A country is defined by what forms of entertainment it seeks. What does it say of a nation when competitive eating contests are celebrated as a serious sport, even as two of every ten Americans are on food stamps, and tens of millions in the Third World starve?
The last days before the fall of Rome come to mind.
What’s even more troubling is that competitive eaters, AKA Gurgitators (Gurgitators vary in size from mammoths like “Hungry” Charles Hardy, at 340 pounds, to the Black Widow, Sonya Thomas, at around 100 pounds) and tens of thousands of their fans are completely oblivious to the inherent perversion in this grotesque sport — even at a time when television airwaves are deluged with weight loss schemes, and obesity in America approaches epidemic proportions. Those who watch us from afar don’t know whether to laugh or cry.
It was through the magic of television that Nathan’s Hot Dog Eating Contest– an innocuous tradition held on July 4, since 1916 at Coney Island — was transformed into the world-class sport of competitive eating. It’s truly popular culture gone mad. The misty memories of county fair pie eating contests are gone for good.
And competitive eaters take themselves and these inane competitions very seriously. Contestants — some well-educated — liken themselves to world-class athletes.
“[Joey] Chestnut, 23,”writes WebMD’s Richard Sine, “a project engineer from San Jose, Calif., says his success results from intensive training..comparing himself to a bodybuilder or a marathoner. Chestnut — ranked No. 1 in the world by the International Federation of Competitive Eating — attributes his accomplishments to hard work, not gluttony”
Sine claims “Chestnut trains about once a week, eating mass quantities of whatever food he’s expected to consume for the next eating contest…The list includes hamburgers, hot wings, oysters, deep-fried asparagus, key lime pie, chicken wings, cheesecake, and lobster”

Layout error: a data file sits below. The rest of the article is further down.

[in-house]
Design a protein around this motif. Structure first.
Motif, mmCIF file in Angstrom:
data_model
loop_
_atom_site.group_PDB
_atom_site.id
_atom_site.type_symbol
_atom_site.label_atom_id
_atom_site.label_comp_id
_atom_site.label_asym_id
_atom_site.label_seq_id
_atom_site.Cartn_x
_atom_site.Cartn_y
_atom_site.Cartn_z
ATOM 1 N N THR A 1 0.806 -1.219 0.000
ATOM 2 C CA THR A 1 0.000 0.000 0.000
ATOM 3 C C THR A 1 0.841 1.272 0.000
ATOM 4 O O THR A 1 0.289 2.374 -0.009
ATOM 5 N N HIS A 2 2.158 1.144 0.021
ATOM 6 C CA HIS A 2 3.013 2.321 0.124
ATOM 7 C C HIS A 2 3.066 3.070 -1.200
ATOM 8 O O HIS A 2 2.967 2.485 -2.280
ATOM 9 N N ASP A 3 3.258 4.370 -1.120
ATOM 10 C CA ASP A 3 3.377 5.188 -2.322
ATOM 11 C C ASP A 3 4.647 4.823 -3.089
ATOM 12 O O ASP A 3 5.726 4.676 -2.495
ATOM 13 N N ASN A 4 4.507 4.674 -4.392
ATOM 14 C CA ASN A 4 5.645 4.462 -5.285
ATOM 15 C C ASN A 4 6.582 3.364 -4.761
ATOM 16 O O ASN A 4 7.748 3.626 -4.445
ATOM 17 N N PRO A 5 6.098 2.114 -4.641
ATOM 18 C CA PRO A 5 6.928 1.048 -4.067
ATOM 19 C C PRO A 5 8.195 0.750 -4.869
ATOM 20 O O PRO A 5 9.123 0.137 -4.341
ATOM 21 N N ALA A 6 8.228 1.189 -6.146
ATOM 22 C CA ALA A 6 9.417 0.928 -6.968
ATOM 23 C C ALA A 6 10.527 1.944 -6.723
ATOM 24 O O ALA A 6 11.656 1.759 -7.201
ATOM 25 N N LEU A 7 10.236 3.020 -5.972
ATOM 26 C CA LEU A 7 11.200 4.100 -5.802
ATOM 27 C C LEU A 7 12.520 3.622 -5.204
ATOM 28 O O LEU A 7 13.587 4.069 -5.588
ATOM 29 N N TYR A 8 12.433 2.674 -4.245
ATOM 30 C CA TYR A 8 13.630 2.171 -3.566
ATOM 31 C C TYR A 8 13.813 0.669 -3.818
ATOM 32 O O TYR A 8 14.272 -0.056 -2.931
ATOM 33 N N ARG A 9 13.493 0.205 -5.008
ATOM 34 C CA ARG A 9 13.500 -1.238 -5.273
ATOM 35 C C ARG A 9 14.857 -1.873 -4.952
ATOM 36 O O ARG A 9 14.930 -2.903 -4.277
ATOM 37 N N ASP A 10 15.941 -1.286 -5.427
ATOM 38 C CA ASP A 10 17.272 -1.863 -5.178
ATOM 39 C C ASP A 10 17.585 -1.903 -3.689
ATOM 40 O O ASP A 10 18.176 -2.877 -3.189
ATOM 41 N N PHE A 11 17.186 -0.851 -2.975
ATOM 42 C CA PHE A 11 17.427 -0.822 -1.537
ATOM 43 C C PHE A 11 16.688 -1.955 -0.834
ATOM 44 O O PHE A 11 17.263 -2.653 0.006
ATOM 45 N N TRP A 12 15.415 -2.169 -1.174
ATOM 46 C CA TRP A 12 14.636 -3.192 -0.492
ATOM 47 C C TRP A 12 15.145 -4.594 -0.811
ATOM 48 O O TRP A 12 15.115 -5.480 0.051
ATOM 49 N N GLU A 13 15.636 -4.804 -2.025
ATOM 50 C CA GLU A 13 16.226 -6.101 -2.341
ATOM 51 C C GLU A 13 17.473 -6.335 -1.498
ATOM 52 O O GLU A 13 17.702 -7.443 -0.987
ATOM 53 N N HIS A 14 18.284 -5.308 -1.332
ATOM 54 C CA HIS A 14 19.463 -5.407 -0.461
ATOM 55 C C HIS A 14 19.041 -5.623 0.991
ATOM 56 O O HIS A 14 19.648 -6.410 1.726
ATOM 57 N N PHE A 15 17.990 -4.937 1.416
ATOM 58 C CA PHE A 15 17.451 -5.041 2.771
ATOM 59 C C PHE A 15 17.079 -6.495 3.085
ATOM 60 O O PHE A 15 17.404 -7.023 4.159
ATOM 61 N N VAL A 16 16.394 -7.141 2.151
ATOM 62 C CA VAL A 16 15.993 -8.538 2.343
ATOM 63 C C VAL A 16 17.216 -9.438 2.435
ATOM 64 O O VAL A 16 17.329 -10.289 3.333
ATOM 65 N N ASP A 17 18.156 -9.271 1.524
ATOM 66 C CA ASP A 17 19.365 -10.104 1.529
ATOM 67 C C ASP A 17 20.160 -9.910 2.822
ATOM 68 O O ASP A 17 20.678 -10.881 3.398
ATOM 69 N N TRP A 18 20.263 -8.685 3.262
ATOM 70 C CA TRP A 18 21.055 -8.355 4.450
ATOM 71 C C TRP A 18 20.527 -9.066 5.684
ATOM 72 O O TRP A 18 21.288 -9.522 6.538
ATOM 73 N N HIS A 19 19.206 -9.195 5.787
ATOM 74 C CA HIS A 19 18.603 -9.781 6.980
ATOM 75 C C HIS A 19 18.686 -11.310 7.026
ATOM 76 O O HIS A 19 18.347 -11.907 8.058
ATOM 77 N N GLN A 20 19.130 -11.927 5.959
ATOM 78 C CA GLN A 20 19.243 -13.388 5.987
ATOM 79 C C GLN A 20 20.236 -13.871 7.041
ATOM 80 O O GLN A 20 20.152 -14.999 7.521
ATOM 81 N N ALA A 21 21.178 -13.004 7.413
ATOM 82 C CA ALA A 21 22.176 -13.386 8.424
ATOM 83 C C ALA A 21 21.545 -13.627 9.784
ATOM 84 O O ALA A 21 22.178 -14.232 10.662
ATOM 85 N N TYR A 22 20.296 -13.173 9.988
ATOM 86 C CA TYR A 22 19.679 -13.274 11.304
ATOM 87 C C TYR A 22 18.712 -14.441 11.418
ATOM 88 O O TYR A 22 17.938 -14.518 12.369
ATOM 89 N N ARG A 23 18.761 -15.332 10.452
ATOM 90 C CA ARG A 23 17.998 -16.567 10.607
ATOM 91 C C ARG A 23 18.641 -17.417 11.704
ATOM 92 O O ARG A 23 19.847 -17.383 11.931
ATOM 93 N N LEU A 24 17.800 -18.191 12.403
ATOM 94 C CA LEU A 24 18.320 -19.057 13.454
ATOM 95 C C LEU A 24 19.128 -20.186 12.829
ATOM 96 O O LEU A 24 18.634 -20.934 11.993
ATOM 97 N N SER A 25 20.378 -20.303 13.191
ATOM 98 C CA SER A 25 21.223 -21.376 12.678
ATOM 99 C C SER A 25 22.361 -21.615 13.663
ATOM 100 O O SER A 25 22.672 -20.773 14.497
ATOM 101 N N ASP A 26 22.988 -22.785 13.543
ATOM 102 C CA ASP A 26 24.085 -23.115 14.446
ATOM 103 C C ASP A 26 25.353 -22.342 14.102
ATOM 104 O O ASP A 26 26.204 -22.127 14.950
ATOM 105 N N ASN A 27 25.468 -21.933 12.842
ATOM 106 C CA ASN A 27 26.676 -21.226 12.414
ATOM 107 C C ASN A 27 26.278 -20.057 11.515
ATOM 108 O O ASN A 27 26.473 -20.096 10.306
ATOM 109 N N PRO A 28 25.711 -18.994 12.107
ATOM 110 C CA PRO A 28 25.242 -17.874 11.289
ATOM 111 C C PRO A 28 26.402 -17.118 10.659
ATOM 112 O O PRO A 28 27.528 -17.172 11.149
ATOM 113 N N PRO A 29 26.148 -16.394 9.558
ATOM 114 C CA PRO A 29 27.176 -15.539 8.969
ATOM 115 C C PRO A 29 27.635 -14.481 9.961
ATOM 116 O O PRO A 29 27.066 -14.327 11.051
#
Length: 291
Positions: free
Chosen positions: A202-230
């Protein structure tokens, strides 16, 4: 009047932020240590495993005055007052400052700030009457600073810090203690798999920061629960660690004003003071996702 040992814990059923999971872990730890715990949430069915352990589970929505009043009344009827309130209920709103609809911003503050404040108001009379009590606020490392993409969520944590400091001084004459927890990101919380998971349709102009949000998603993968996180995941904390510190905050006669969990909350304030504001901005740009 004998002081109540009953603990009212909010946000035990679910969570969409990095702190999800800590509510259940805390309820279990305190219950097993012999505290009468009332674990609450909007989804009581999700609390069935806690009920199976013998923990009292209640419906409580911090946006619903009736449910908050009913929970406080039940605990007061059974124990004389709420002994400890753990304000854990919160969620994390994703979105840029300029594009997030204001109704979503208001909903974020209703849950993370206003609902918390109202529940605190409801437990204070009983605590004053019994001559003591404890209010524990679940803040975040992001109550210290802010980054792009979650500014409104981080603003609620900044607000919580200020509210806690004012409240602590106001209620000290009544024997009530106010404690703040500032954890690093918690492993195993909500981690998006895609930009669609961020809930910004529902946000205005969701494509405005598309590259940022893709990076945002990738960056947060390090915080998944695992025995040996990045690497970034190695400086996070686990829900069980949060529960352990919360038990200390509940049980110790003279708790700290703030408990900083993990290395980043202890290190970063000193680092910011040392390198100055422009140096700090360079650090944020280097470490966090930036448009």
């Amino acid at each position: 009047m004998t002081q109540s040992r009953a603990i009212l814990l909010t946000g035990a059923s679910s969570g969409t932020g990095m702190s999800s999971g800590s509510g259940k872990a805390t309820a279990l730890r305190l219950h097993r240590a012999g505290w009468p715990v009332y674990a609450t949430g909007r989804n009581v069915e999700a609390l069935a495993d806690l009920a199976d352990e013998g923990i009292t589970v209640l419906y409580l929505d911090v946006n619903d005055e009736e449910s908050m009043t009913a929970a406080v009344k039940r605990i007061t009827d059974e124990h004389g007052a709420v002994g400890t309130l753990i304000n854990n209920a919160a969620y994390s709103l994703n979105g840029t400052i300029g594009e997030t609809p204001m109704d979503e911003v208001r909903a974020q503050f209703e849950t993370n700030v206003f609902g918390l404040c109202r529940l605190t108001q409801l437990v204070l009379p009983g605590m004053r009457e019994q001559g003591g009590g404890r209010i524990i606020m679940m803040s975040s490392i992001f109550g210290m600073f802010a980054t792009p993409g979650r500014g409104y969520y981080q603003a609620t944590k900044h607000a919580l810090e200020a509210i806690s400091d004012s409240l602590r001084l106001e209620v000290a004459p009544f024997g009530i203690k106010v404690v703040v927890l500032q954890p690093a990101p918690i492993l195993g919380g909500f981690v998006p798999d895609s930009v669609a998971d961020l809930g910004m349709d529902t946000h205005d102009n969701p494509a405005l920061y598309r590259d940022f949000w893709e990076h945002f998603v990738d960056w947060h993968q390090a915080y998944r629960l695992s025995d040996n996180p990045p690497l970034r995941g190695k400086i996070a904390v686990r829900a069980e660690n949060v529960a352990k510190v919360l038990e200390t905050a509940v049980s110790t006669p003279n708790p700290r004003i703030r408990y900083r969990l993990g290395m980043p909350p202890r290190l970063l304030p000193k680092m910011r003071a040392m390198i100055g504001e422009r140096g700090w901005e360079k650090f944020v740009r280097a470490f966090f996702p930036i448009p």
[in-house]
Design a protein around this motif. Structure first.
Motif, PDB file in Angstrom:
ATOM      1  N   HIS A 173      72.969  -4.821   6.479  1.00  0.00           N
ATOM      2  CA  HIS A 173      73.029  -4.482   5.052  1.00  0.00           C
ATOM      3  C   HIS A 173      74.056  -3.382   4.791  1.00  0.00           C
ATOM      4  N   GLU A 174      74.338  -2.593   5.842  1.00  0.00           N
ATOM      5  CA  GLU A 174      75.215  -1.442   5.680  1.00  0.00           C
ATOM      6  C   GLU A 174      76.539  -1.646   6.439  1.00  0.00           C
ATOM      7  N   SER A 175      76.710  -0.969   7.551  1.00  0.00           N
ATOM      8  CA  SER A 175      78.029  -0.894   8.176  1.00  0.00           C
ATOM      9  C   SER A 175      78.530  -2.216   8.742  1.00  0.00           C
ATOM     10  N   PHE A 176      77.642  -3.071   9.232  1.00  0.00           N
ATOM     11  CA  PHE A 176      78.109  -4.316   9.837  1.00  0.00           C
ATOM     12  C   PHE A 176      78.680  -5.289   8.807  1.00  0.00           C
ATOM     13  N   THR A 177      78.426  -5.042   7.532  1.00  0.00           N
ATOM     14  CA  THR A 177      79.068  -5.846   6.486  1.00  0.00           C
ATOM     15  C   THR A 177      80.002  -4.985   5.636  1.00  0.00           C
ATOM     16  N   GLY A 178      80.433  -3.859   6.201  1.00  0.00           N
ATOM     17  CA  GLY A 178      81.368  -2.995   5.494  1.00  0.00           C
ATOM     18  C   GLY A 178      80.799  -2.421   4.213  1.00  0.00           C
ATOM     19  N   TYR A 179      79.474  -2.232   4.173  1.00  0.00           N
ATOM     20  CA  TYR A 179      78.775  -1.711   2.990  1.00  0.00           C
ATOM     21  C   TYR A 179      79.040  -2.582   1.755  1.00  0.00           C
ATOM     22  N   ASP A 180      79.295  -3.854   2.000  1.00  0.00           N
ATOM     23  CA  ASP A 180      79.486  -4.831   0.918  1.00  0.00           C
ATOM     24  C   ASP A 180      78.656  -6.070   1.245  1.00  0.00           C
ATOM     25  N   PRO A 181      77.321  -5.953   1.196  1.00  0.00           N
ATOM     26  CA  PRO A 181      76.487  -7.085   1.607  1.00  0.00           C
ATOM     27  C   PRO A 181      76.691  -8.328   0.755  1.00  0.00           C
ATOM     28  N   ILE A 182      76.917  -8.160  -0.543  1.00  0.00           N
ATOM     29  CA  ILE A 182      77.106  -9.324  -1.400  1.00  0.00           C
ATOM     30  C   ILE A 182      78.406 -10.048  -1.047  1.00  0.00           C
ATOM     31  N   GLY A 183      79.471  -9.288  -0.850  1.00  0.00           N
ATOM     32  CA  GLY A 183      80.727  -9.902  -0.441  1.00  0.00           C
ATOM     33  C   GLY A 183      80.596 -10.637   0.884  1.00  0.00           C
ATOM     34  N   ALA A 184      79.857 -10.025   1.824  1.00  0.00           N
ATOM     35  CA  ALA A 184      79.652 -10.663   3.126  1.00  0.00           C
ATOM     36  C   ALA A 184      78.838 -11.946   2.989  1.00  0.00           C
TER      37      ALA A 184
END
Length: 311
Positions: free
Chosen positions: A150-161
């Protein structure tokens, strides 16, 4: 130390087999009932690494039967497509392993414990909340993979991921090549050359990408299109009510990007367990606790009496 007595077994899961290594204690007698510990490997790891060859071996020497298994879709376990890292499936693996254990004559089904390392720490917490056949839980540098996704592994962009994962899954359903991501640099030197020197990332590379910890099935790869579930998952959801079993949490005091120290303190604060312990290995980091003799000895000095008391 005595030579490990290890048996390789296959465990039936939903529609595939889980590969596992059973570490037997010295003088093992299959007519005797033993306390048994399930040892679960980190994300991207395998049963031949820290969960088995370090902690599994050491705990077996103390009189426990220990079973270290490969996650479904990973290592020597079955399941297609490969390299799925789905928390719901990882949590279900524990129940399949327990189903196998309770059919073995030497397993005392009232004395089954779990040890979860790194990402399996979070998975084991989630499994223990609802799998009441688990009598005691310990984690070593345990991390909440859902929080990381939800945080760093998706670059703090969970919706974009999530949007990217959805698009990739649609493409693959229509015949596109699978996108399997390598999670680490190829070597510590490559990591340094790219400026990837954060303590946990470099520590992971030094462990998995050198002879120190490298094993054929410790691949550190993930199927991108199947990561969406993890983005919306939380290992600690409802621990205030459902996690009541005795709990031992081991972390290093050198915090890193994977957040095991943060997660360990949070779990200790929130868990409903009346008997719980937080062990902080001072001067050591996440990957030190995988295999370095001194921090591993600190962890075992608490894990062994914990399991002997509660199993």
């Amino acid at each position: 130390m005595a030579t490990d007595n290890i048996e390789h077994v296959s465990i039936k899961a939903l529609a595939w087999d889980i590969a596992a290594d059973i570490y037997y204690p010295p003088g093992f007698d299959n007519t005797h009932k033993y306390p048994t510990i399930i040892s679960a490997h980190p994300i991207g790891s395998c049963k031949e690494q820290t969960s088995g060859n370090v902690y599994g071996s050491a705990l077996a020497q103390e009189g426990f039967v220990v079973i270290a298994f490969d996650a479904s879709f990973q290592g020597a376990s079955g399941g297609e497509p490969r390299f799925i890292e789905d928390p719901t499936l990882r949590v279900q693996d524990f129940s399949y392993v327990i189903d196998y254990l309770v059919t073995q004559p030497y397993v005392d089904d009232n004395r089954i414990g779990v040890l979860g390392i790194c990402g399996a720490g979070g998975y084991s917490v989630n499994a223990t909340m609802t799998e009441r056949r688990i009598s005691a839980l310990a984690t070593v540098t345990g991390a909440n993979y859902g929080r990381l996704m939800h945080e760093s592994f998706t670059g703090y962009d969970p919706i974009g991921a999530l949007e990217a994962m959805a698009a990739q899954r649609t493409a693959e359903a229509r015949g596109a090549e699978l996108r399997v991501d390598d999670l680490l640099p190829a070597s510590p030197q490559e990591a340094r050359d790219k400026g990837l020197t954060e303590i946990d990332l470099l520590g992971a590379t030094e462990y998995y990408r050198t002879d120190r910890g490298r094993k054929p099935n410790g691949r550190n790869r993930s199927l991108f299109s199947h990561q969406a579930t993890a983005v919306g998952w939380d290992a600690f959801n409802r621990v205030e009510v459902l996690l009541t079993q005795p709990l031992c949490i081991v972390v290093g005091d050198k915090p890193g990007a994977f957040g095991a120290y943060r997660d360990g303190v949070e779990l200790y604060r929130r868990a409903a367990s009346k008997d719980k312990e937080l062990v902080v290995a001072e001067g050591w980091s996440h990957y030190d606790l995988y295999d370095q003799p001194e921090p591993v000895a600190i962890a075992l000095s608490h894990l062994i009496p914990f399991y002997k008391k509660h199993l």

Then theres Hall Hunt, a 25-year-old structural engineer currently ranked ninth in the world and known for his “academic approach”. Hunt tells WebMD “that he carefully studies each food to maximize edibility. He studies food density to maximize the amount of food that can go down with each contraction of the esophagus.’ And he studies which liquids are best at breaking down which foods. (Want to cut through the grease on those cheese fries, for example? Try lemonade.)”
“Knowing how many people don’t have adequate nutrition, and how many people abuse food and overeat constantly, seeing competitive eating celebrated on TV disturbs me,” nutritionist Milton Stokes tells WebMD. That’s putting it mildly.
Annually, there’s over one hundred “Major League Eating” events worldwide sponsored by The International Federation of Competitive Eating (IFOCE) which established eating as a sport in the 1990s. The IFOCE awards hundreds of thousands in prize money and attracts big time corporate sponsors like Alka-Seltzer, Johnsonville Brats and Krystal hamburgers. Competitive eating fans wear Major League Eating T-shirts and flock to online communities like MySpace to worship their hero eating stars. The IFOCE produced a series of 30-minute television shows, “Eats of Strength,” and Spike TV runs a series of one-hour Major League Eating events featuring the top eaters of the IFOCE. The International Federation of Competitive Eating has produced a three-hour elimination tournament on ESPN called the Alka-Seltzer U.S Open of Competitive Eating.
The IFOCE has spawned lesser spin-offs like The Association of Independent Competitive Eaters (AICE), and the Federation of Amateur Eating Contests who preside over restaurant eating challenges where customers eat huge oversized burritos, or giant steaks and hamburgers.
There’s events like the Glutton Bowl, Gut Busters, St. Patrick’s Day Chowdown, and The Big Eat.
Despite the fact that competitive eating could cause contestants to suffer from a host of medical complications ranging from stomach perforations to water intoxication, what does this say about ourselves as a people? We live in nation where 11 million Americans suffer from bulimia and anorexia, with millions more suffering from bouts of binge eating as they seek refuge in the latest fad diet.
The sickening irony is breathtaking.
The pop worship of this sport contest of “staged gluttony”is surly a testament to a fallen world power literally vomiting from its own excesses as in the last days before the fall of Rome.